I encounter writer’s block on a weekly basis. Some weeks are particularly harder and I get writer’s block every time I sit down to write. So, without further ado, I will list three things that help with writer’s block.
Oftentimes, the hardest part is just…starting.
Even if you already have five hundred pages written in your book, there still comes that hard moment when you open your Word processor, open your document, scroll to the latest entry…and pause as you think about how to start up again. You may have just left off the night before. But between going to bed and your time to write, hundreds of things have distracted you. Unless you’re super famous and can manage quitting your job to live on your book sales, you’re going to have distractions from work. You’re going to have distractions from family. Facebook. Google Plus. Instagram. Twitter. Your blog. Goodreads. YouTube. The list goes on and on.
It may seem super innocent to minimize your document and “quickly” check your email, Facebook, etc. However, those “quick moments” aren’t as quick as you might think. If you actually record how many minutes you spend checking your notifications instead of writing, you’ll be amazed. Before you know it, all your writing time is up, and you might have a sentence written.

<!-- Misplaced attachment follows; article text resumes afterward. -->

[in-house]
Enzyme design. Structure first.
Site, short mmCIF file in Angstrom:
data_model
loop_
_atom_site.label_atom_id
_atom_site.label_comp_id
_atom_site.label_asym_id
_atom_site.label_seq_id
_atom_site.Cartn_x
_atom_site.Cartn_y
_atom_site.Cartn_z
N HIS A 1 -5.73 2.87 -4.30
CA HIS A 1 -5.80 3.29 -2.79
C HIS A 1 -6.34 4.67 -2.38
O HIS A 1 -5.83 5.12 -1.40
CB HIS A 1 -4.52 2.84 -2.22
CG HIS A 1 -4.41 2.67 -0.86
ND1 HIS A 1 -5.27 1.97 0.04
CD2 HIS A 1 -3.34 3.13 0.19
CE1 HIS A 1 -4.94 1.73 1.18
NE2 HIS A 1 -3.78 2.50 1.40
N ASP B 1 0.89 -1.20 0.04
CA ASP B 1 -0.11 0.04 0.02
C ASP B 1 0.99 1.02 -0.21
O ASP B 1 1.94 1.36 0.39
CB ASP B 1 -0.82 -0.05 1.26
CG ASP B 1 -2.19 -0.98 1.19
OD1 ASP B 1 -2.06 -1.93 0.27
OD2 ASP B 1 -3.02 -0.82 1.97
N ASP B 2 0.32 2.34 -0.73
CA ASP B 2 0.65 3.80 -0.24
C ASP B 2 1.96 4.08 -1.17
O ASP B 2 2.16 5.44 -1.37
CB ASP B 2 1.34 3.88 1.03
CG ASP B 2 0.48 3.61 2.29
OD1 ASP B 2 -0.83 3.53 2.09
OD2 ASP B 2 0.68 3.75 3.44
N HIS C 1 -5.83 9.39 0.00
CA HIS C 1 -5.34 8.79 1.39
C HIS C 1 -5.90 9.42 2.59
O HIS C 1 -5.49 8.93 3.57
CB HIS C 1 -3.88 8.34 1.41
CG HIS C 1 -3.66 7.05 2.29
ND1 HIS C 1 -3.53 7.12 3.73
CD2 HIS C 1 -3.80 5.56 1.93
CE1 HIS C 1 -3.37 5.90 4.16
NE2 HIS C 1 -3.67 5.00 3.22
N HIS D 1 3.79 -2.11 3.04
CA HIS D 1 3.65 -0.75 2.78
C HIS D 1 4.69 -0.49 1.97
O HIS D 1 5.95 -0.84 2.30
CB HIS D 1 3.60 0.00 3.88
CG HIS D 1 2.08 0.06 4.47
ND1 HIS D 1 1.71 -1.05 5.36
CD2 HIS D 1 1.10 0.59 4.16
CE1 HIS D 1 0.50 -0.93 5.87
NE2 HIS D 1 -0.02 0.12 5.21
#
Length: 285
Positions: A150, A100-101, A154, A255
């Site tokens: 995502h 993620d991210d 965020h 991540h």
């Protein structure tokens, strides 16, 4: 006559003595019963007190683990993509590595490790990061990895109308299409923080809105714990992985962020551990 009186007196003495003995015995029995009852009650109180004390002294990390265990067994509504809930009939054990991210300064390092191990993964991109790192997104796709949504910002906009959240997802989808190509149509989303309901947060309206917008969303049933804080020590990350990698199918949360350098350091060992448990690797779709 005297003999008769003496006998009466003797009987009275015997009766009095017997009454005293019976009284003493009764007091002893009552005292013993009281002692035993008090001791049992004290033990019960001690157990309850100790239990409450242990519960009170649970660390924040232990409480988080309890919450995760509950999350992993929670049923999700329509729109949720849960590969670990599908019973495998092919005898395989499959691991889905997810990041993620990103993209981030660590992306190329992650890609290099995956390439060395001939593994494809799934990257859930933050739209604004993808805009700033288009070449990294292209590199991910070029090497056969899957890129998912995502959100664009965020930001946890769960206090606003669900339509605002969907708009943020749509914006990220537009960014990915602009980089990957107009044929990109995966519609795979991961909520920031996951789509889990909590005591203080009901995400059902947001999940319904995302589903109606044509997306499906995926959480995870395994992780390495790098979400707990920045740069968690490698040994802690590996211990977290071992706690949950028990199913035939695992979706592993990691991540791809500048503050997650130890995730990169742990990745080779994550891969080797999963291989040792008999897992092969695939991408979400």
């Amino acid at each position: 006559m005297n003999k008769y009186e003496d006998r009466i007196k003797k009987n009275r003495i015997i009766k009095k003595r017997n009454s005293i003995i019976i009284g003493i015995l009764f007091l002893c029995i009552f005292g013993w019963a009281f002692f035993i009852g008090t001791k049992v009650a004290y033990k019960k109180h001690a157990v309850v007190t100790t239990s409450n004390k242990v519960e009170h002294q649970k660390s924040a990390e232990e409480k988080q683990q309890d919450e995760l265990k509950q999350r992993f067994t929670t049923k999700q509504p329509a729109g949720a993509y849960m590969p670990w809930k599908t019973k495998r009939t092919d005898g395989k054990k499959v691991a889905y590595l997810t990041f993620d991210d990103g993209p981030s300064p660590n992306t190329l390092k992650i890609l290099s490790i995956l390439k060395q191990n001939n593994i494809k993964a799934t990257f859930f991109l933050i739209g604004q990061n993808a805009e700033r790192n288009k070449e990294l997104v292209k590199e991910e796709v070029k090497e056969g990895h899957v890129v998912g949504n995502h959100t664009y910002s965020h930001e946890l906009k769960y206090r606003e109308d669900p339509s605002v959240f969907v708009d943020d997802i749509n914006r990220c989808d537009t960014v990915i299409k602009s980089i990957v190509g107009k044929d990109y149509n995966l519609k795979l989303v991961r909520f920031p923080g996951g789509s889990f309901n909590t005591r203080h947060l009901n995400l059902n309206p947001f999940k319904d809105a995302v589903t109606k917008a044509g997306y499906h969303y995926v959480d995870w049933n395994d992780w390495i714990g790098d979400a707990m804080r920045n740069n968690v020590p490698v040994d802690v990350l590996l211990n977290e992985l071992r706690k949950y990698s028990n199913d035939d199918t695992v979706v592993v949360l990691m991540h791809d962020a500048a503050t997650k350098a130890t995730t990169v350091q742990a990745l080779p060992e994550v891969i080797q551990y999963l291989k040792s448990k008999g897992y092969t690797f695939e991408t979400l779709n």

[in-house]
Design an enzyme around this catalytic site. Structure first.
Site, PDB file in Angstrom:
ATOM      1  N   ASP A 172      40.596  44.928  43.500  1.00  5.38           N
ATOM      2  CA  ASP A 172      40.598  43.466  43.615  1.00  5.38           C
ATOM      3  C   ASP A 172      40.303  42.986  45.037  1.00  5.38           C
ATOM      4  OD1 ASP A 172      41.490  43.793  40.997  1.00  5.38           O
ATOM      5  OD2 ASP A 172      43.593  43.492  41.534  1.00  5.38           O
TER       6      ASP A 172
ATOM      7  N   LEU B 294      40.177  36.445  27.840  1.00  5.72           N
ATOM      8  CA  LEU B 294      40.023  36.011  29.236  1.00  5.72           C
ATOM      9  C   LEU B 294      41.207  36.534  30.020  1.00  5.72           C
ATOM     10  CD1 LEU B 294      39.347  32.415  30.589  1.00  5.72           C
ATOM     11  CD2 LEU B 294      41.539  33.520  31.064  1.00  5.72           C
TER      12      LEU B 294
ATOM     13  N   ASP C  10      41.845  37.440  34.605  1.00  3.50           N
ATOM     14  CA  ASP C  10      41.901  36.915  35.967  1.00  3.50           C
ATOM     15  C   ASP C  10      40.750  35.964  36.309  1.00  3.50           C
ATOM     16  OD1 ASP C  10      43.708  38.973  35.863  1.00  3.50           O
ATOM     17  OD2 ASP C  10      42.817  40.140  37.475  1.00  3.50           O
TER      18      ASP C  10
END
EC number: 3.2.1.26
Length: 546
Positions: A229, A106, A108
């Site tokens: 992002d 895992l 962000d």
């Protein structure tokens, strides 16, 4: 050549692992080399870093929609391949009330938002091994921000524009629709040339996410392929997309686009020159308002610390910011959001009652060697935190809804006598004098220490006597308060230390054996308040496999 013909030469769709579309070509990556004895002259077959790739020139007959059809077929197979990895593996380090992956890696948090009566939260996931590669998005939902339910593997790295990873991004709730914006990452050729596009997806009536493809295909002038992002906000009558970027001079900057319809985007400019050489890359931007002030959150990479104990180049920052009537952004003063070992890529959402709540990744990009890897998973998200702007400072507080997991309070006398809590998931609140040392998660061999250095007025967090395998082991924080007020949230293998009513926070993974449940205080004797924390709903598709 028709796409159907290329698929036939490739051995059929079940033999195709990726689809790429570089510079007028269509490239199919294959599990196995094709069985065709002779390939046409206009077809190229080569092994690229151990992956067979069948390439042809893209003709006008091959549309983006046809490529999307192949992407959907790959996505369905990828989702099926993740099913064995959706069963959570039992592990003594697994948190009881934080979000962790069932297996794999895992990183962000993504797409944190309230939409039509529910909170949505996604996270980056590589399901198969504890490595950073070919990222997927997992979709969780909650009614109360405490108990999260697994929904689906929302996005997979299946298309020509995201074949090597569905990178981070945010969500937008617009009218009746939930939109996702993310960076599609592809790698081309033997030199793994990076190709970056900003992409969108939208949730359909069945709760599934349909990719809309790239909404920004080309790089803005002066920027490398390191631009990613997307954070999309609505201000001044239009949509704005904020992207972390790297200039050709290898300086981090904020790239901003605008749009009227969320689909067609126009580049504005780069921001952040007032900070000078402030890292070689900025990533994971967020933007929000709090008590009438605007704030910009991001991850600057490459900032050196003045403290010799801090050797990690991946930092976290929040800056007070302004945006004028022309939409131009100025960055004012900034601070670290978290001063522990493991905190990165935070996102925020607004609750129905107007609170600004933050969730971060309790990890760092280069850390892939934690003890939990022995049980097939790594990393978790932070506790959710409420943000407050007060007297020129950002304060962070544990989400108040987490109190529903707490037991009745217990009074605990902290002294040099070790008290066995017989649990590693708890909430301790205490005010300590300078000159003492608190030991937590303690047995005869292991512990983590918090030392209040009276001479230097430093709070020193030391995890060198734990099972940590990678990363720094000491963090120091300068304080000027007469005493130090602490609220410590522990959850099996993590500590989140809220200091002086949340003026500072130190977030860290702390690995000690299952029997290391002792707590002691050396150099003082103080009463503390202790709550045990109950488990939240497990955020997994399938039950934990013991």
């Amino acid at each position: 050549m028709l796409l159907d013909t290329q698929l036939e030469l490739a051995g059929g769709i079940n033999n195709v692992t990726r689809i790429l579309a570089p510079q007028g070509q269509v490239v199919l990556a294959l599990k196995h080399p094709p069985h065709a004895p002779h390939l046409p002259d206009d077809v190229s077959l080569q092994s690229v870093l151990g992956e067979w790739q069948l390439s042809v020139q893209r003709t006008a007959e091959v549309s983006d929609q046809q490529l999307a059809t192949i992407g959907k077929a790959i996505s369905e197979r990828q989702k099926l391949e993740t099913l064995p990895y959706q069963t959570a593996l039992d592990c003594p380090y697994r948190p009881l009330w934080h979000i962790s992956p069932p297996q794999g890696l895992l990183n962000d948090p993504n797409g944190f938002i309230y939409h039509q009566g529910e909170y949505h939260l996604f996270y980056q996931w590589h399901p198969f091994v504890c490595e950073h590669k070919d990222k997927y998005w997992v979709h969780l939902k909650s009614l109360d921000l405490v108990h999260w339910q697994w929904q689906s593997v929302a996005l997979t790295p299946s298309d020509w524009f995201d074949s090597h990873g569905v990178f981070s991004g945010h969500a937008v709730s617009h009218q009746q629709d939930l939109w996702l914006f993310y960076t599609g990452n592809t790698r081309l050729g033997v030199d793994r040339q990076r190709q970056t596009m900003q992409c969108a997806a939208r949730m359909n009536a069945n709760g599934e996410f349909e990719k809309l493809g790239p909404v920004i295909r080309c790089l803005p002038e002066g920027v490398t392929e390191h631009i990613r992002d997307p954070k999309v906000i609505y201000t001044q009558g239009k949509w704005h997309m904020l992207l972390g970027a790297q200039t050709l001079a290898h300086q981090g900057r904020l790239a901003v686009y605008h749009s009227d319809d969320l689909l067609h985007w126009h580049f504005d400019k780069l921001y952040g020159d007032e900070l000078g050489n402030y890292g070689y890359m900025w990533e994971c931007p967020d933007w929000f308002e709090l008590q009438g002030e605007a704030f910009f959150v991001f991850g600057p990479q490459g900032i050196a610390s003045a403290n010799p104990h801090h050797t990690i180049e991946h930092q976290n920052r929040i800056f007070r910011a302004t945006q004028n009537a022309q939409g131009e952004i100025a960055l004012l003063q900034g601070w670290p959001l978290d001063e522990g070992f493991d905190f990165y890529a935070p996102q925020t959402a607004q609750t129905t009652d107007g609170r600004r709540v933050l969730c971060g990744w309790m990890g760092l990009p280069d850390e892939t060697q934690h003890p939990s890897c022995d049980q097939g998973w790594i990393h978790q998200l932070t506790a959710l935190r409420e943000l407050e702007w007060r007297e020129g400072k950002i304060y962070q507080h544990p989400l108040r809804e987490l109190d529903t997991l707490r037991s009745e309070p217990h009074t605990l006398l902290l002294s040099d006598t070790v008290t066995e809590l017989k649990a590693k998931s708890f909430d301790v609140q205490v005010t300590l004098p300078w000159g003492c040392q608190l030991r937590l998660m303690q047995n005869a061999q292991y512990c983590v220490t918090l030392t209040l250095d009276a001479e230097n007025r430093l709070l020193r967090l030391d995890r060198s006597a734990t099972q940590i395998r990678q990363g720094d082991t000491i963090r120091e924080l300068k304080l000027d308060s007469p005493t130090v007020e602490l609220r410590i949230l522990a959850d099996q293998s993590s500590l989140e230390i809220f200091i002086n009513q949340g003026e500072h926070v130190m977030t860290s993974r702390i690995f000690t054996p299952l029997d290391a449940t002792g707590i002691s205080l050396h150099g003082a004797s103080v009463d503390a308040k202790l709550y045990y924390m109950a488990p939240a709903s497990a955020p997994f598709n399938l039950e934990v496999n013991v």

One thing I have found to be very helpful is not starting at the beginning of a chapter. Leave off in the middle of a scene, and leave notes about what to write next. This makes for an easier transition when starting up again.
So, my advice?
Just write. Disconnect from the darn internet if you have to. Push it out of your mind. When you open your document, you must force yourself to get at least a page written before you can check your notifications. I’ve heard what works really well with lots of people (and not just for writing) is to trick yourself into rewards. Tell yourself, “I will write three pages, and then check my email. Only my email. Then I will write two more, and I will earn the right to check Facebook.” And so on. Make yourself do the work, but give yourself a reward for doing it.
(Of course, for many of us writers, just the mere writing process is reward enough. Still, it’s nice to take a break.)